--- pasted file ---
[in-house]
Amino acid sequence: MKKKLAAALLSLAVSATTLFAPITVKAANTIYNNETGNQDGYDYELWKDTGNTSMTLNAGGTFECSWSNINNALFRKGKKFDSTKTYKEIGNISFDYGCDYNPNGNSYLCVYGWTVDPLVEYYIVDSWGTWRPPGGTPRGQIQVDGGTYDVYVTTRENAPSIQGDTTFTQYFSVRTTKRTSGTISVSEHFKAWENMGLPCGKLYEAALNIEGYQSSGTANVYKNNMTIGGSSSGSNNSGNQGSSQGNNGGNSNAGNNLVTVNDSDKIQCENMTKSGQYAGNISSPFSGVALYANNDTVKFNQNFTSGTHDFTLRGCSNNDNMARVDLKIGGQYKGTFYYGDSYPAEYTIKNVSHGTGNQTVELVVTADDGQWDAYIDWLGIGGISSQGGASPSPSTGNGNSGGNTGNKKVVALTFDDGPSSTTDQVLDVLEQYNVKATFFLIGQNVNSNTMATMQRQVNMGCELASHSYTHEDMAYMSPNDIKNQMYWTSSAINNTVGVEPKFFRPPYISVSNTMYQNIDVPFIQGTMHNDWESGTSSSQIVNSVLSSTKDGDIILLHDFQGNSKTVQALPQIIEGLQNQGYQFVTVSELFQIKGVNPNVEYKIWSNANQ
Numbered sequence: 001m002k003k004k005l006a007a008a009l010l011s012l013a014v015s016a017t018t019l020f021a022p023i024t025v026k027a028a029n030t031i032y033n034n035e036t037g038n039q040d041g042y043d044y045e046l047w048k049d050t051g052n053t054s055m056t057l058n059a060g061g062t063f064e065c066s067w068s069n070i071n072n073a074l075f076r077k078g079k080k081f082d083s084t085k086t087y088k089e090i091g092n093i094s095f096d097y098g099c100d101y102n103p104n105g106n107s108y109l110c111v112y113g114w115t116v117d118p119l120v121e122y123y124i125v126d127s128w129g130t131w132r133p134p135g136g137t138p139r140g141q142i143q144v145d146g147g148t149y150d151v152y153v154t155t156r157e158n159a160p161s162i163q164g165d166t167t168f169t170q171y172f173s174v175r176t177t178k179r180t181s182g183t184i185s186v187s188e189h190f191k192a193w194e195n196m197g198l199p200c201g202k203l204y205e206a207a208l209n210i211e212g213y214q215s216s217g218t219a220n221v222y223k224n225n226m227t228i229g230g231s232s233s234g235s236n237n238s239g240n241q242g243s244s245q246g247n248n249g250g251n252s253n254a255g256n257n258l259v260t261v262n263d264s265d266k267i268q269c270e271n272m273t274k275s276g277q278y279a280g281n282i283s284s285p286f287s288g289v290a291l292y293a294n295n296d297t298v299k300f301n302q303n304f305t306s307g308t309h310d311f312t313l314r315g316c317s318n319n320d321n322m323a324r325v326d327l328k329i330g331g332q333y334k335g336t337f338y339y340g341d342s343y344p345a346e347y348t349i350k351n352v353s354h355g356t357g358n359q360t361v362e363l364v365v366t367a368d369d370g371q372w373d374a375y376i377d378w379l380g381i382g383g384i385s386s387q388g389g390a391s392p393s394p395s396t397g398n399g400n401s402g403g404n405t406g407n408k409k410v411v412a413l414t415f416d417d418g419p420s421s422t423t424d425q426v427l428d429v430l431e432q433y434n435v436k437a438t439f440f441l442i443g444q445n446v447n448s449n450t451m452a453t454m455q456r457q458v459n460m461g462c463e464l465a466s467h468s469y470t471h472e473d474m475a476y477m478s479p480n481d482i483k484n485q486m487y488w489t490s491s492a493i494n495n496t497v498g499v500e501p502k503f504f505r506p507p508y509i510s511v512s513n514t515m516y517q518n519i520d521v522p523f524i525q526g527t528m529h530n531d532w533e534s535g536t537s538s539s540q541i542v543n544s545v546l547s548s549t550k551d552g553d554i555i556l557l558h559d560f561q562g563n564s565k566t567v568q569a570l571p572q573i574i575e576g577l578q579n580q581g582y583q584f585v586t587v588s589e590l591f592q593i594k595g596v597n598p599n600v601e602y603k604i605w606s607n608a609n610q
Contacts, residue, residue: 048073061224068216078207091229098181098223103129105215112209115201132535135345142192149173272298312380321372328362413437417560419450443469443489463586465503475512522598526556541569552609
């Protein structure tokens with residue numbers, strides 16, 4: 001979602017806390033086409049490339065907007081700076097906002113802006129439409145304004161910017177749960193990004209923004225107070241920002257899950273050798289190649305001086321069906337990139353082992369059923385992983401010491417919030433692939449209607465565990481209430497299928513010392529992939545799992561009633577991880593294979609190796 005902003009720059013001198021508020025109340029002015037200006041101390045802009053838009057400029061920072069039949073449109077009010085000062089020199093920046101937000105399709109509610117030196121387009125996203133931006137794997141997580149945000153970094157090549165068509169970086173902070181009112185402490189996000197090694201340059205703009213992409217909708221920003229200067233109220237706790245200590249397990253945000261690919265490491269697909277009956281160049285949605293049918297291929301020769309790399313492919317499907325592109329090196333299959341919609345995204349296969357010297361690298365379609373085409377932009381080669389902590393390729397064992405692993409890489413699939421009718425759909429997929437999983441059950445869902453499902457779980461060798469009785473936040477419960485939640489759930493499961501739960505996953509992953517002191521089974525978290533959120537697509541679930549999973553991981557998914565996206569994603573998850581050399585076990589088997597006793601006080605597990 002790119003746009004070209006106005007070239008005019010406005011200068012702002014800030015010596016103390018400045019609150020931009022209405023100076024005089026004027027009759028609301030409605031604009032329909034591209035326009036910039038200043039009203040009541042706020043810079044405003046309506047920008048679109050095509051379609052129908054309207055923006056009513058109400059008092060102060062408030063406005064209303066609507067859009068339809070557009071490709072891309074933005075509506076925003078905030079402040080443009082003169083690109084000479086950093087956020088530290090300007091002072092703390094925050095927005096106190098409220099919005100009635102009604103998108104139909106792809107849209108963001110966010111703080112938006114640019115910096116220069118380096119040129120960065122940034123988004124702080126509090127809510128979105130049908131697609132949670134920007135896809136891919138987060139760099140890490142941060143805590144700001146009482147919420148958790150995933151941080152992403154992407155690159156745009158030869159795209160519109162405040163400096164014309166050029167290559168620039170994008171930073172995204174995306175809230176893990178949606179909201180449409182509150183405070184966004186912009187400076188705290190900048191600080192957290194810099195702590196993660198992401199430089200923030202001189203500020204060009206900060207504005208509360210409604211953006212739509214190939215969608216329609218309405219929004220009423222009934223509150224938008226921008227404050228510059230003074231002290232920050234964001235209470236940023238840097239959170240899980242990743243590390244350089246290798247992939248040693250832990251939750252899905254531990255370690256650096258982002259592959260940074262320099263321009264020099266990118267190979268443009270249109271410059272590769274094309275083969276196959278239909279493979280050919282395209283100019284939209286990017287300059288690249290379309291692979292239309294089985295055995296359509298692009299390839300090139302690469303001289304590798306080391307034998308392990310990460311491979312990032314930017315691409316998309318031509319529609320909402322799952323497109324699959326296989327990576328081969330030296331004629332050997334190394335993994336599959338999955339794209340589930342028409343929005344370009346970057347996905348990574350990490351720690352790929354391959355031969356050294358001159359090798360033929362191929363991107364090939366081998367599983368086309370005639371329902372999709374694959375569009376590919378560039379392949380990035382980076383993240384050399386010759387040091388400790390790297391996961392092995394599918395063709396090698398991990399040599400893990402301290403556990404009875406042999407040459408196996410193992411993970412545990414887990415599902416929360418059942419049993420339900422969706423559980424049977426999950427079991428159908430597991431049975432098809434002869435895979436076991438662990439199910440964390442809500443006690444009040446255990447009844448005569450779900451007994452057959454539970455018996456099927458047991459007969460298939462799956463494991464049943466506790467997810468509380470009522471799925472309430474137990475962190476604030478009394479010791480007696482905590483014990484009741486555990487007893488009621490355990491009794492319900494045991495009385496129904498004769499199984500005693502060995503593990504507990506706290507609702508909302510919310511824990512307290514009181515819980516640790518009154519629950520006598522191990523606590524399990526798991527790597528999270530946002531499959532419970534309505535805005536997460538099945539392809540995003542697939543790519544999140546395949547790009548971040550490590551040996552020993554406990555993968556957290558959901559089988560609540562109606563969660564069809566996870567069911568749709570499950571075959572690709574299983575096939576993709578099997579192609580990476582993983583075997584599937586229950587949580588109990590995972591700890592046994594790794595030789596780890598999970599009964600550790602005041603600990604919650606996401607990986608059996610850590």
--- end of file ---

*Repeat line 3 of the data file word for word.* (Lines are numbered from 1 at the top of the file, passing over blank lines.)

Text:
Numbered sequence: 001m002k003k004k005l006a007a008a009l010l011s012l013a014v015s016a017t018t019l020f021a022p023i024t025v026k027a028a029n030t031i032y033n034n035e036t037g038n039q040d041g042y043d044y045e046l047w048k049d050t051g052n053t054s055m056t057l058n059a060g061g062t063f064e065c066s067w068s069n070i071n072n073a074l075f076r077k078g079k080k081f082d083s084t085k086t087y088k089e090i091g092n093i094s095f096d097y098g099c100d101y102n103p104n105g106n107s108y109l110c111v112y113g114w115t116v117d118p119l120v121e122y123y124i125v126d127s128w129g130t131w132r133p134p135g136g137t138p139r140g141q142i143q144v145d146g147g148t149y150d151v152y153v154t155t156r157e158n159a160p161s162i163q164g165d166t167t168f169t170q171y172f173s174v175r176t177t178k179r180t181s182g183t184i185s186v187s188e189h190f191k192a193w194e195n196m197g198l199p200c201g202k203l204y205e206a207a208l209n210i211e212g213y214q215s216s217g218t219a220n221v222y223k224n225n226m227t228i229g230g231s232s233s234g235s236n237n238s239g240n241q242g243s244s245q246g247n248n249g250g251n252s253n254a255g256n257n258l259v260t261v262n263d264s265d266k267i268q269c270e271n272m273t274k275s276g277q278y279a280g281n282i283s284s285p286f287s288g289v290a291l292y293a294n295n296d297t298v299k300f301n302q303n304f305t306s307g308t309h310d311f312t313l314r315g316c317s318n319n320d321n322m323a324r325v326d327l328k329i330g331g332q333y334k335g336t337f338y339y340g341d342s343y344p345a346e347y348t349i350k351n352v353s354h355g356t357g358n359q360t361v362e363l364v365v366t367a368d369d370g371q372w373d374a375y376i377d378w379l380g381i382g383g384i385s386s387q388g389g390a391s392p393s394p395s396t397g398n399g400n401s402g403g404n405t406g407n408k409k410v411v412a413l414t415f416d417d418g419p420s421s422t423t424d425q426v427l428d429v430l431e432q433y434n435v436k437a438t439f440f441l442i443g444q445n446v447n448s449n450t451m452a453t454m455q456r457q458v459n460m461g462c463e464l465a466s467h468s469y470t471h472e473d474m475a476y477m478s479p480n481d482i483k484n485q486m487y488w489t490s491s492a493i494n495n496t497v498g499v500e501p502k503f504f505r506p507p508y509i510s511v512s513n514t515m516y517q518n519i520d521v522p523f524i525q526g527t528m529h530n531d532w533e534s535g536t537s538s539s540q541i542v543n544s545v546l547s548s549t550k551d552g553d554i555i556l557l558h559d560f561q562g563n564s565k566t567v568q569a570l571p572q573i574i575e576g577l578q579n580q581g582y583q584f585v586t587v588s589e590l591f592q593i594k595g596v597n598p599n600v601e602y603k604i605w606s607n608a609n610q